Typically, digital markets support a variety of competing assets by trading with one another. But when the asset side is tight – that is, when identical assets exist on multiple platforms – it is the markets that compete for most of the daily trading volume of each asset. Ultimately, traders choose where assets live and which systems should die.
While Bitcoin (BTC) competes indirectly in this way with fiat currencies as the only form of money traded over a decentralized network, it is a series of stablecoins pegged to the new fiat currency by central bank executives. Unlike Bitcoin, which often turns out to be too volatile and exotic to outsiders, fiat-backed stablecoins reduce complicated tradeoffs and keep things simple: 24/7 access, international transfers, low-cost economy, kick-ass interest and 1: 1 redemption to Fiat.
Related: Stablecoins pose a new dilemma for regulators as mass adoption emerges
Stablecoins are a great bargain even for skeptics, and with a December 2020 bill for the Stability Act, the US Congress launched its own validator token, which has the same banking charter as its centralized counterparts at Chase, from stablecoin issuers, Wells Fargo and. would ask soon.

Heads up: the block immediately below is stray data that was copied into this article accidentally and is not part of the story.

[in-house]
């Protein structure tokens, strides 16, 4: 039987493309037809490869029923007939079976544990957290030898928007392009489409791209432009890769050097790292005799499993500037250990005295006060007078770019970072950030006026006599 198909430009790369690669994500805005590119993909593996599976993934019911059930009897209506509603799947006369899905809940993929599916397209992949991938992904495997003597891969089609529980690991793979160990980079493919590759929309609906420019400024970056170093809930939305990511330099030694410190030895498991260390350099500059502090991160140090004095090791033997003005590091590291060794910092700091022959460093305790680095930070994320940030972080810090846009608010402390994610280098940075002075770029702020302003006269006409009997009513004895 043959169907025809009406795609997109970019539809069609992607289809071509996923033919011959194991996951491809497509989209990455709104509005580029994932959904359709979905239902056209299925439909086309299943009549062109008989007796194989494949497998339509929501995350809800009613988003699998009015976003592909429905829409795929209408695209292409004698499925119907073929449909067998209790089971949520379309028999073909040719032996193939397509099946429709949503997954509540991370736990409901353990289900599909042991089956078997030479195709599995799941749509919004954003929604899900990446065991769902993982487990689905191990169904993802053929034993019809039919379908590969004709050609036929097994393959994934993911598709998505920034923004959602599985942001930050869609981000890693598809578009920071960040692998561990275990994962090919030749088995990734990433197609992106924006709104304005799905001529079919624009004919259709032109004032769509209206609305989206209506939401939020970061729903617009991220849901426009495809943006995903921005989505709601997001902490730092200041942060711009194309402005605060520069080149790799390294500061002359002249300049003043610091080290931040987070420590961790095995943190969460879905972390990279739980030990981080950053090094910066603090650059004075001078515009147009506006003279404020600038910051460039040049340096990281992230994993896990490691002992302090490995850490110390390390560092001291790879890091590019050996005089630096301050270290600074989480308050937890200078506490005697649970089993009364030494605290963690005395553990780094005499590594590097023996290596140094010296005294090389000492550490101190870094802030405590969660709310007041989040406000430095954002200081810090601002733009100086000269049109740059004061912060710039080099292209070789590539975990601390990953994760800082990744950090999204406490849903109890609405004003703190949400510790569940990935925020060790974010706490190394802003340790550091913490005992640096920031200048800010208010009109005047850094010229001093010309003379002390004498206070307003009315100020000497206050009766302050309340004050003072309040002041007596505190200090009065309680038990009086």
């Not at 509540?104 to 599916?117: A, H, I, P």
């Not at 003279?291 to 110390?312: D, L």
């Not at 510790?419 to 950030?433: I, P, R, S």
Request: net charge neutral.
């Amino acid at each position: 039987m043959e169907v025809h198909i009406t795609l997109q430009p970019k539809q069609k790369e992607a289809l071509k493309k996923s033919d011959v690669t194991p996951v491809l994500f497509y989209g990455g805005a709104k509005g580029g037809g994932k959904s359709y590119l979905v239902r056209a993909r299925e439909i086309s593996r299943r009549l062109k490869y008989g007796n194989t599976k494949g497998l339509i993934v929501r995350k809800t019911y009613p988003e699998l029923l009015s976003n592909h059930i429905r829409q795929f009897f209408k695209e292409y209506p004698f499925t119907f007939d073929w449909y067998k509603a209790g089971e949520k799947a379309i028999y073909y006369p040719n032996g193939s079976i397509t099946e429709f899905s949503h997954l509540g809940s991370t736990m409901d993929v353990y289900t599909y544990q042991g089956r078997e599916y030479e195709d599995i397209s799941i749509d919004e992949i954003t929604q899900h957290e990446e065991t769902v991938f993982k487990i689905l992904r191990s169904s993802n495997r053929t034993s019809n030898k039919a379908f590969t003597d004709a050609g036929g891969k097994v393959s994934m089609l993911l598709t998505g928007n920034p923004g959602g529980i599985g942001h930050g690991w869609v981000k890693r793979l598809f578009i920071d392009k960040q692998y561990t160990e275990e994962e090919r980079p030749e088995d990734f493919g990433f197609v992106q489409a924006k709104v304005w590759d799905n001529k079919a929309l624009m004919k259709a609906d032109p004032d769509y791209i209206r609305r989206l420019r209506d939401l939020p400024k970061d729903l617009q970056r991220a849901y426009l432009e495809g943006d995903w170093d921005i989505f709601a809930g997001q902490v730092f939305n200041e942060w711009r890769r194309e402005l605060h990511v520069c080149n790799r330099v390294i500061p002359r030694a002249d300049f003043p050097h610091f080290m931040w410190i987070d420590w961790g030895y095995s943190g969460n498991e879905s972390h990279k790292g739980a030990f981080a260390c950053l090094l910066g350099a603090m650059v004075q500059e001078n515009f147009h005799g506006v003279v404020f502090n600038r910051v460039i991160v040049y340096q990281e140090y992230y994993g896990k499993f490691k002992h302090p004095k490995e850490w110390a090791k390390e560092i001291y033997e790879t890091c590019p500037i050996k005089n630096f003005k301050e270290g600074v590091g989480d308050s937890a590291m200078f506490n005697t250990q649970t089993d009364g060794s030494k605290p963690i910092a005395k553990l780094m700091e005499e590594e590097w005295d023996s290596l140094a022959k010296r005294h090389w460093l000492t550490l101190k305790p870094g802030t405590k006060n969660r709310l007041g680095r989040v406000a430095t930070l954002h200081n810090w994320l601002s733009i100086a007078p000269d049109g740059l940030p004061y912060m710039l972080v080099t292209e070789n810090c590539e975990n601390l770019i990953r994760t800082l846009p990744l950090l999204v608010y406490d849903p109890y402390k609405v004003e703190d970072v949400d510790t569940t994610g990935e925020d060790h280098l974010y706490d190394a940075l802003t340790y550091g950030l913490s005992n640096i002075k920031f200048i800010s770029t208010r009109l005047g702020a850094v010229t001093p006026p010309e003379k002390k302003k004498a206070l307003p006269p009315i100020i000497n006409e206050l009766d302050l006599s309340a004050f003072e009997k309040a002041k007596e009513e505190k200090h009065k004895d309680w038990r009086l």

The established companies have a long history of finding, acquiring, and sometimes even undermining their competition. It’s not hard to see where the old bank’s aversion to aggregation comes from. As decentralized platforms become more user-friendly and move further into the mainstream, buy-side demand will move away from legacy platforms and their formerly proprietary assets.
Robinhood Saga: The Remix
Imagine what could happen if Robinhood users had access to GME and AMC composite stocks on Jan 28, 2021.
If even a small minority of buy-side demand for these stocks – say 10% – moves from Robinhood to Mirror Protocol Composites, it will increase the supply of outstanding stocks, work efficiently, and thereby drag stock prices. In return, GameStop’s C-level executives would get into a really tough call on the board.
Related: GameStop inadvertently paved the way for decentralized funding
And then, consider what it means for investors to put their aggregated GME and AMC in DeFi logs for mortgage and small business loans at significantly reduced interest rates, removing banks and other incumbents from the equation for good.
Such a scenario would cause GameStop and AMC to move a small portion of their holdings to blockchain-based platforms in order to restore a robust pricing mechanism. Meanwhile, retail-side investors who are just looking for a great user experience and the benefits of interoperability with DeFi protocols will eventually win – something you don’t ordinarily hear in modern financial markets.